This morning's forecast of 30% chance of t-storms left us unphased for our planned hike up Mt. Lowe. This was L.A. after all and we'd been baking in never ending summer temperatures in the 90s. It was a balmy 78F under cloudy skies when we left the house. We decided to head back to the San Gabriels to check out the Mt. Lowe Railway, but this time out of the Lake Avenue trailhead in Pasadena.
After a brief detour we found the switchbacky trail to Echo Mt. Jascha used our ascent as a test for the new GPS he bought for our Asia trip. We maintained a steady pace just over 3 miles an hour up to Echo Mt. and turned off onto upper Sam Merrill. It had rained lightly on the way up, but it was still warm enough to hike sans rain jacket. The cloudy skies brought out the contrasting colors in the hillside flora. Then it started to pour. Streams of water were rushing down the trail. We gave up looking for someplace to take cover in the chaparral and trudged on. We were doing OK between downpours until the wind picked up. I tried putting on my rain jacket and hat, but I was having a hard time staying warm, so after 5 miles (3 less than our original destination) we decided to turn around.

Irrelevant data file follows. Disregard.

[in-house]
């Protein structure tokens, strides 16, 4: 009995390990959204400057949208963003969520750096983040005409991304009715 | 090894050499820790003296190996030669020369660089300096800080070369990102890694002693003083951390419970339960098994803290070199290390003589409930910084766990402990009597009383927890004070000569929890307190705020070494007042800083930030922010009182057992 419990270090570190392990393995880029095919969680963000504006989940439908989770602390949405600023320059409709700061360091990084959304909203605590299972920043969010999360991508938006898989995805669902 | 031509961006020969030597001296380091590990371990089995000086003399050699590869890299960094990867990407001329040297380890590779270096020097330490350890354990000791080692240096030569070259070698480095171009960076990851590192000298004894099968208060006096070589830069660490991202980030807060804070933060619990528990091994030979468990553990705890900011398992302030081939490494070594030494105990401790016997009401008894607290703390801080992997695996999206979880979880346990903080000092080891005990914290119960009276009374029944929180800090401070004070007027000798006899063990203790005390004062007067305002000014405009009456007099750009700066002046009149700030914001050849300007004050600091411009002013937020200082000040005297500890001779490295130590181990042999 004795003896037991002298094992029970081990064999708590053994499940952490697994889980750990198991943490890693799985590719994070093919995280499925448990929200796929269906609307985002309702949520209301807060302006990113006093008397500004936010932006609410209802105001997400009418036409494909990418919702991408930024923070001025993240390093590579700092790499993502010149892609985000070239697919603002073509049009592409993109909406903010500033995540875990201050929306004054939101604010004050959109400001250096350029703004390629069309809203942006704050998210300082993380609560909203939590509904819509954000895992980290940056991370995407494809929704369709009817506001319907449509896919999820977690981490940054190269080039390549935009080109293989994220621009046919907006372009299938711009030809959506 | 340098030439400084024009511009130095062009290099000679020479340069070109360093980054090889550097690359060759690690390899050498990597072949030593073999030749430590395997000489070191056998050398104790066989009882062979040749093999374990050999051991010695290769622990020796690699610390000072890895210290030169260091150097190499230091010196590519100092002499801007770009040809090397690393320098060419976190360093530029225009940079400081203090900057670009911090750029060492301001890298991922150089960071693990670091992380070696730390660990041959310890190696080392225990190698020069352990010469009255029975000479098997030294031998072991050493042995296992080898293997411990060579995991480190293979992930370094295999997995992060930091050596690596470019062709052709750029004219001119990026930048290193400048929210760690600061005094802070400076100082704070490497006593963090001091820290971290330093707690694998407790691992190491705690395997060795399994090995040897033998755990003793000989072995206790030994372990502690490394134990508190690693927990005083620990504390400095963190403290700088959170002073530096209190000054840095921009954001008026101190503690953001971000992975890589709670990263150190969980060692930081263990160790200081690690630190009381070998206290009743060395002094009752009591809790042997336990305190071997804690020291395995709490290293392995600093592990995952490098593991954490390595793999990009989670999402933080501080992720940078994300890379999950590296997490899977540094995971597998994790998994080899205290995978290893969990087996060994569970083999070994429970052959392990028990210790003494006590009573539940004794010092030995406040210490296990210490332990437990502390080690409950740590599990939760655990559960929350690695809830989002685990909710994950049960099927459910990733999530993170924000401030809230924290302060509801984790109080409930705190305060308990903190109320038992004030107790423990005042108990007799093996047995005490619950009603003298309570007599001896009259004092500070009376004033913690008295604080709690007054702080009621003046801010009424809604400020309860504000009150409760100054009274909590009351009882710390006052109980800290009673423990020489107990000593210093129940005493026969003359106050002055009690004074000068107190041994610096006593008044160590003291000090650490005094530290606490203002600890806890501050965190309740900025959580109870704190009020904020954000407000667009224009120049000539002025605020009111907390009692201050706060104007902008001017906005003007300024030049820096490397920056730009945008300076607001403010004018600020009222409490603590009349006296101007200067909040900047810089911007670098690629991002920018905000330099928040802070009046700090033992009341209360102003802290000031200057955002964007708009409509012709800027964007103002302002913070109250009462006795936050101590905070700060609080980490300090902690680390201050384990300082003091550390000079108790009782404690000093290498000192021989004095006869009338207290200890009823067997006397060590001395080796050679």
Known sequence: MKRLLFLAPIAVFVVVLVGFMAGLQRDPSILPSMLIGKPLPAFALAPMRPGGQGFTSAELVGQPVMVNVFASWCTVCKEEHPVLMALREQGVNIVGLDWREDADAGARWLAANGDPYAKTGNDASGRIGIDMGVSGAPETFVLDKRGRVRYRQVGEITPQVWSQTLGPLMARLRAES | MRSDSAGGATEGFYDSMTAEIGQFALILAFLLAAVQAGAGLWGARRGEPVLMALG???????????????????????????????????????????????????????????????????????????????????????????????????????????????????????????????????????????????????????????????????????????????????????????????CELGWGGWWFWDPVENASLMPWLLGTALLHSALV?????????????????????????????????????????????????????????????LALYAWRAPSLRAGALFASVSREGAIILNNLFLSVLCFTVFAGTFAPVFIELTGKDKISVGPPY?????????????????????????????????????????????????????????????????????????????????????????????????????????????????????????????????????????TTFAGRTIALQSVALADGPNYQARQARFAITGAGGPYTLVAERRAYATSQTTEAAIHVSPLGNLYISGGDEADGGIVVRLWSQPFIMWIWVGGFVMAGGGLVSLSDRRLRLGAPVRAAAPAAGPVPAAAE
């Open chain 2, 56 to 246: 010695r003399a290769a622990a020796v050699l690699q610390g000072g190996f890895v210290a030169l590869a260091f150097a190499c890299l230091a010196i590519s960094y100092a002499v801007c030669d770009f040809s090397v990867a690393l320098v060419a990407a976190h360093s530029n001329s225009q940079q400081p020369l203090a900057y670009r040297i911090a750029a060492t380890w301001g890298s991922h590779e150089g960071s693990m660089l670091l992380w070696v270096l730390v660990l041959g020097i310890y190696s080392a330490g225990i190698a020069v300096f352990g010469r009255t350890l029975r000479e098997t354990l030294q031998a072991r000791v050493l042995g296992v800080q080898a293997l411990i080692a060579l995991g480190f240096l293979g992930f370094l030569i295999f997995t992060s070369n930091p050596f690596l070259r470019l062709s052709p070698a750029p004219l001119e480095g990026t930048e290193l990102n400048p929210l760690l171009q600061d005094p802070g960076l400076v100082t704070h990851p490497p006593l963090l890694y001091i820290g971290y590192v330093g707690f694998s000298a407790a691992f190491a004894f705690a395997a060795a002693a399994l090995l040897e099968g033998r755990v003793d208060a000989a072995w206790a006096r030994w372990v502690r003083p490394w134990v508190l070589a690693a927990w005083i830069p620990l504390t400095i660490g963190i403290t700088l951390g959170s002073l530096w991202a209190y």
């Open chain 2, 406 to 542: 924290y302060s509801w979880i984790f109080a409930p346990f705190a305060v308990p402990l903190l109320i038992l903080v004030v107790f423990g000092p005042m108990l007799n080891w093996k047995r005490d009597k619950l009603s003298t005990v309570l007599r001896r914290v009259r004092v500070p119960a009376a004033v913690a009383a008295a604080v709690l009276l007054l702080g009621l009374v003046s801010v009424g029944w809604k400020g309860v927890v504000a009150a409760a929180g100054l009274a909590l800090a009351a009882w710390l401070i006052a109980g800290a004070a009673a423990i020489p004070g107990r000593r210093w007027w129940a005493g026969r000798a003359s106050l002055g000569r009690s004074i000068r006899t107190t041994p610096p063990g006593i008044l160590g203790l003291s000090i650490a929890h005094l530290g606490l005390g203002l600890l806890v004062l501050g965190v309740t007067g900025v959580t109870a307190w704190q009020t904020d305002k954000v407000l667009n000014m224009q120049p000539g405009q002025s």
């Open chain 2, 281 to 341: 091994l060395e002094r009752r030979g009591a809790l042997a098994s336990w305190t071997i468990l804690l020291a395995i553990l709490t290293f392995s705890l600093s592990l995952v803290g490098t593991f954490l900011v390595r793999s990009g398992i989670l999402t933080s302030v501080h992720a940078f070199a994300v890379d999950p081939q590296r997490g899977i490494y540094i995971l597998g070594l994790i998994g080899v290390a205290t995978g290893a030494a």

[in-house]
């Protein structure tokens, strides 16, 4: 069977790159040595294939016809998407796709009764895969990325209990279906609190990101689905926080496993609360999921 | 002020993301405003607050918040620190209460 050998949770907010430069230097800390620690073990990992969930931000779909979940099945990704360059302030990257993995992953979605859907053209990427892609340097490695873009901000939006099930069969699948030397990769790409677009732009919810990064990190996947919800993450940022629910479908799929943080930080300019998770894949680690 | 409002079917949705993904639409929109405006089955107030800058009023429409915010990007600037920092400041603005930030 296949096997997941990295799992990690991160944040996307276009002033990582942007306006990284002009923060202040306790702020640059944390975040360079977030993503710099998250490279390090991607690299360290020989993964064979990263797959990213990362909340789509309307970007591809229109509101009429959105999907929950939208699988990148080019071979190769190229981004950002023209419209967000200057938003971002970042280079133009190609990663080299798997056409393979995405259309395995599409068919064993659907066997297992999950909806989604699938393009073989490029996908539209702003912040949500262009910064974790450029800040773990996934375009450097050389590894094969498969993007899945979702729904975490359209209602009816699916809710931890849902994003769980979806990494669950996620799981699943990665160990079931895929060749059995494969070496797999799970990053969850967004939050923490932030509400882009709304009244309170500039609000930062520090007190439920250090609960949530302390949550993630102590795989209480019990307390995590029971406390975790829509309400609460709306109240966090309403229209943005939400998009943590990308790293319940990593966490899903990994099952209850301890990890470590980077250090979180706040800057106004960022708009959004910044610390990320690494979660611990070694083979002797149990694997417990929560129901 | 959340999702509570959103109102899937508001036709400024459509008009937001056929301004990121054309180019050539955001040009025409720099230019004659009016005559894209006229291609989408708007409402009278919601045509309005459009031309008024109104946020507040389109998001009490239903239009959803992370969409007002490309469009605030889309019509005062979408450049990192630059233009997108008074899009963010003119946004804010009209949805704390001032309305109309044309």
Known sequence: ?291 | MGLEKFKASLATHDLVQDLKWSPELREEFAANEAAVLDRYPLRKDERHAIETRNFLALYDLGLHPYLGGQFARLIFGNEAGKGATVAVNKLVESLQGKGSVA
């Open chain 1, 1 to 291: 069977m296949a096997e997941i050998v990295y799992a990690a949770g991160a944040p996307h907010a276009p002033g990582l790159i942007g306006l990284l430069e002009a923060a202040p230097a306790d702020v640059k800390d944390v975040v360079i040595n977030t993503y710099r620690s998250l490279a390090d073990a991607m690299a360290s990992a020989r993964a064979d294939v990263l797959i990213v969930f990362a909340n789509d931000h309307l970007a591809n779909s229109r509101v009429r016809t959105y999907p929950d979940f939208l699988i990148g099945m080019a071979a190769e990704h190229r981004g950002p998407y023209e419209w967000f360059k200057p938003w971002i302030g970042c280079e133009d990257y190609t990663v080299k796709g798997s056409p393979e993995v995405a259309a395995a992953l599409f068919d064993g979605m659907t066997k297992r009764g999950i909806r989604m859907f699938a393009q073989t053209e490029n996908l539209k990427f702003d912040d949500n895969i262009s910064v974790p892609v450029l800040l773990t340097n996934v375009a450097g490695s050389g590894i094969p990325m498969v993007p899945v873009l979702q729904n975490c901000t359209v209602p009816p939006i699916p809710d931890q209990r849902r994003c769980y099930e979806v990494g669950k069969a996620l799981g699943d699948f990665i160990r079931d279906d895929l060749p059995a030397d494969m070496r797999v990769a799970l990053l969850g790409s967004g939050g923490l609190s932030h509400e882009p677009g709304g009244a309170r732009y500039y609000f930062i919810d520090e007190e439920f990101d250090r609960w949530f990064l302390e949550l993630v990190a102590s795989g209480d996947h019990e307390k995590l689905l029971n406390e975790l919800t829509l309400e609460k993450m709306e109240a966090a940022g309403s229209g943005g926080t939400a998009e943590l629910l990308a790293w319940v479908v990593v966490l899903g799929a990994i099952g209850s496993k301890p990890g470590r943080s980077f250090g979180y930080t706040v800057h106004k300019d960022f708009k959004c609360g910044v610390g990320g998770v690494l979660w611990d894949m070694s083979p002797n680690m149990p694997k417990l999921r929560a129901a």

On the way down we detoured over to the ruins on Echo Mt. I had passed the turn-off several times on AC100 training runs, but had never bothered to stop. We found an interesting collection of large gears and engines, remnants of an old power plant and the Mt. Lowe Railway next to the crumbling foundations of the defunct White City resort. The rains had cleared out most of the hikers and left perfect conditions for the mt. bikers. We passed several on the way down. The rain eased up and as we neared the trailhead I questioned whether we had made the right decision to head down until I saw lightning flash over the valley.